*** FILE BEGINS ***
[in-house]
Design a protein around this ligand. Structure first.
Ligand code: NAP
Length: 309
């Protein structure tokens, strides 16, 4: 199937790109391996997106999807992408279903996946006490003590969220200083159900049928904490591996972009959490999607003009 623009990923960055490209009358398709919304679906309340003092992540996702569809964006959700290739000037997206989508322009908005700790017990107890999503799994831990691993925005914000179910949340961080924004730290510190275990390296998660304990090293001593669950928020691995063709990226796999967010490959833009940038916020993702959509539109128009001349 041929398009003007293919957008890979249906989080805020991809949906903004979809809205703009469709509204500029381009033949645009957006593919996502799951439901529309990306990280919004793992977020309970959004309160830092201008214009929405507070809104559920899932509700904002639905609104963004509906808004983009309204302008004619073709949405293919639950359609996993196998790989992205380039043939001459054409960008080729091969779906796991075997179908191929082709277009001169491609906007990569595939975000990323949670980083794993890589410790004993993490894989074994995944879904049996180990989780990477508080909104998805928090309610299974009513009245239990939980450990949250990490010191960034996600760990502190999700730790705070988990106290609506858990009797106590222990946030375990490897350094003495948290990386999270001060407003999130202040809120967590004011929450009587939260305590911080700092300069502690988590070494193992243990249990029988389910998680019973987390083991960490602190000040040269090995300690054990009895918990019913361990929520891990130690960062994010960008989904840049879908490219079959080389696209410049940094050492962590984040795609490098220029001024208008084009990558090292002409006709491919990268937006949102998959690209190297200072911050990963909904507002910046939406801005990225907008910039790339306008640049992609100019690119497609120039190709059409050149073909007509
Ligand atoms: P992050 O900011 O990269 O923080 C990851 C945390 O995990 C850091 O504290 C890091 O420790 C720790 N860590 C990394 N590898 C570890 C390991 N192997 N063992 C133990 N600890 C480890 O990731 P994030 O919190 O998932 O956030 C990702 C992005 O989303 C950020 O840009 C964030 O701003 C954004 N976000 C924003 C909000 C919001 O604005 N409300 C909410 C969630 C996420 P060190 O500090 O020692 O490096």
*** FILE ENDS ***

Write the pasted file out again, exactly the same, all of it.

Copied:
[in-house]
Design a protein around this ligand. Structure first.
Ligand code: NAP
Length: 309
């Protein structure tokens, strides 16, 4: 199937790109391996997106999807992408279903996946006490003590969220200083159900049928904490591996972009959490999607003009 623009990923960055490209009358398709919304679906309340003092992540996702569809964006959700290739000037997206989508322009908005700790017990107890999503799994831990691993925005914000179910949340961080924004730290510190275990390296998660304990090293001593669950928020691995063709990226796999967010490959833009940038916020993702959509539109128009001349 041929398009003007293919957008890979249906989080805020991809949906903004979809809205703009469709509204500029381009033949645009957006593919996502799951439901529309990306990280919004793992977020309970959004309160830092201008214009929405507070809104559920899932509700904002639905609104963004509906808004983009309204302008004619073709949405293919639950359609996993196998790989992205380039043939001459054409960008080729091969779906796991075997179908191929082709277009001169491609906007990569595939975000990323949670980083794993890589410790004993993490894989074994995944879904049996180990989780990477508080909104998805928090309610299974009513009245239990939980450990949250990490010191960034996600760990502190999700730790705070988990106290609506858990009797106590222990946030375990490897350094003495948290990386999270001060407003999130202040809120967590004011929450009587939260305590911080700092300069502690988590070494193992243990249990029988389910998680019973987390083991960490602190000040040269090995300690054990009895918990019913361990929520891990130690960062994010960008989904840049879908490219079959080389696209410049940094050492962590984040795609490098220029001024208008084009990558090292002409006709491919990268937006949102998959690209190297200072911050990963909904507002910046939406801005990225907008910039790339306008640049992609100019690119497609120039190709059409050149073909007509
Ligand atoms: P992050 O900011 O990269 O923080 C990851 C945390 O995990 C850091 O504290 C890091 O420790 C720790 N860590 C990394 N590898 C570890 C390991 N192997 N063992 C133990 N600890 C480890 O990731 P994030 O919190 O998932 O956030 C990702 C992005 O989303 C950020 O840009 C964030 O701003 C954004 N976000 C924003 C909000 C919001 O604005 N409300 C909410 C969630 C996420 P060190 O500090 O020692 O490096």